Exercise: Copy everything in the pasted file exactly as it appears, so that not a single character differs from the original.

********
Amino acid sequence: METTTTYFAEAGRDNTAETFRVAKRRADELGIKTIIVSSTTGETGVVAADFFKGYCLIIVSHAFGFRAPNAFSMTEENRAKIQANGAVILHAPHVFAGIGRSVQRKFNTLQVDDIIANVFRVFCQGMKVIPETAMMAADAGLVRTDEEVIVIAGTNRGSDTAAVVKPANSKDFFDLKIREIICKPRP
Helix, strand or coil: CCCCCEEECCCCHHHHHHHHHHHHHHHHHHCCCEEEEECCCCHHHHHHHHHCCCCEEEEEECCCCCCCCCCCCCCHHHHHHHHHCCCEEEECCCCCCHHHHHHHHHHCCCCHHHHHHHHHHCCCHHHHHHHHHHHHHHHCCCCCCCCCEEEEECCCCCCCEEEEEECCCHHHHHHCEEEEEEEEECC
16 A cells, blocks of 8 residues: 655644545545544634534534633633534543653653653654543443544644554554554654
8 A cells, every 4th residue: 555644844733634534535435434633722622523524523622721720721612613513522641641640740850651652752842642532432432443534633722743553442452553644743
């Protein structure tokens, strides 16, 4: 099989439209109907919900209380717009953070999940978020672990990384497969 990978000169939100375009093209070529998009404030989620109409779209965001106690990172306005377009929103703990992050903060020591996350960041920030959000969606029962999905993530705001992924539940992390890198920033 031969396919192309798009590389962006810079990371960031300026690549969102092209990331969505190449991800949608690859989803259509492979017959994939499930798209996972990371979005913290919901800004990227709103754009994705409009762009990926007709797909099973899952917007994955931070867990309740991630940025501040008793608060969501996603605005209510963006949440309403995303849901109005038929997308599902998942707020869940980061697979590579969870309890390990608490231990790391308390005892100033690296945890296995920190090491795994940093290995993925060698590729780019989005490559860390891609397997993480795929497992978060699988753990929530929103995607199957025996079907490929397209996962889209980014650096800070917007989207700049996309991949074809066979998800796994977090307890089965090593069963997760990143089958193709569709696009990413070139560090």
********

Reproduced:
Amino acid sequence: METTTTYFAEAGRDNTAETFRVAKRRADELGIKTIIVSSTTGETGVVAADFFKGYCLIIVSHAFGFRAPNAFSMTEENRAKIQANGAVILHAPHVFAGIGRSVQRKFNTLQVDDIIANVFRVFCQGMKVIPETAMMAADAGLVRTDEEVIVIAGTNRGSDTAAVVKPANSKDFFDLKIREIICKPRP
Helix, strand or coil: CCCCCEEECCCCHHHHHHHHHHHHHHHHHHCCCEEEEECCCCHHHHHHHHHCCCCEEEEEECCCCCCCCCCCCCCHHHHHHHHHCCCEEEECCCCCCHHHHHHHHHHCCCCHHHHHHHHHHCCCHHHHHHHHHHHHHHHCCCCCCCCCEEEEECCCCCCCEEEEEECCCHHHHHHCEEEEEEEEECC
16 A cells, blocks of 8 residues: 655644545545544634534534633633534543653653653654543443544644554554554654
8 A cells, every 4th residue: 555644844733634534535435434633722622523524523622721720721612613513522641641640740850651652752842642532432432443534633722743553442452553644743
């Protein structure tokens, strides 16, 4: 099989439209109907919900209380717009953070999940978020672990990384497969 990978000169939100375009093209070529998009404030989620109409779209965001106690990172306005377009929103703990992050903060020591996350960041920030959000969606029962999905993530705001992924539940992390890198920033 031969396919192309798009590389962006810079990371960031300026690549969102092209990331969505190449991800949608690859989803259509492979017959994939499930798209996972990371979005913290919901800004990227709103754009994705409009762009990926007709797909099973899952917007994955931070867990309740991630940025501040008793608060969501996603605005209510963006949440309403995303849901109005038929997308599902998942707020869940980061697979590579969870309890390990608490231990790391308390005892100033690296945890296995920190090491795994940093290995993925060698590729780019989005490559860390891609397997993480795929497992978060699988753990929530929103995607199957025996079907490929397209996962889209980014650096800070917007989207700049996309991949074809066979998800796994977090307890089965090593069963997760990143089958193709569709696009990413070139560090």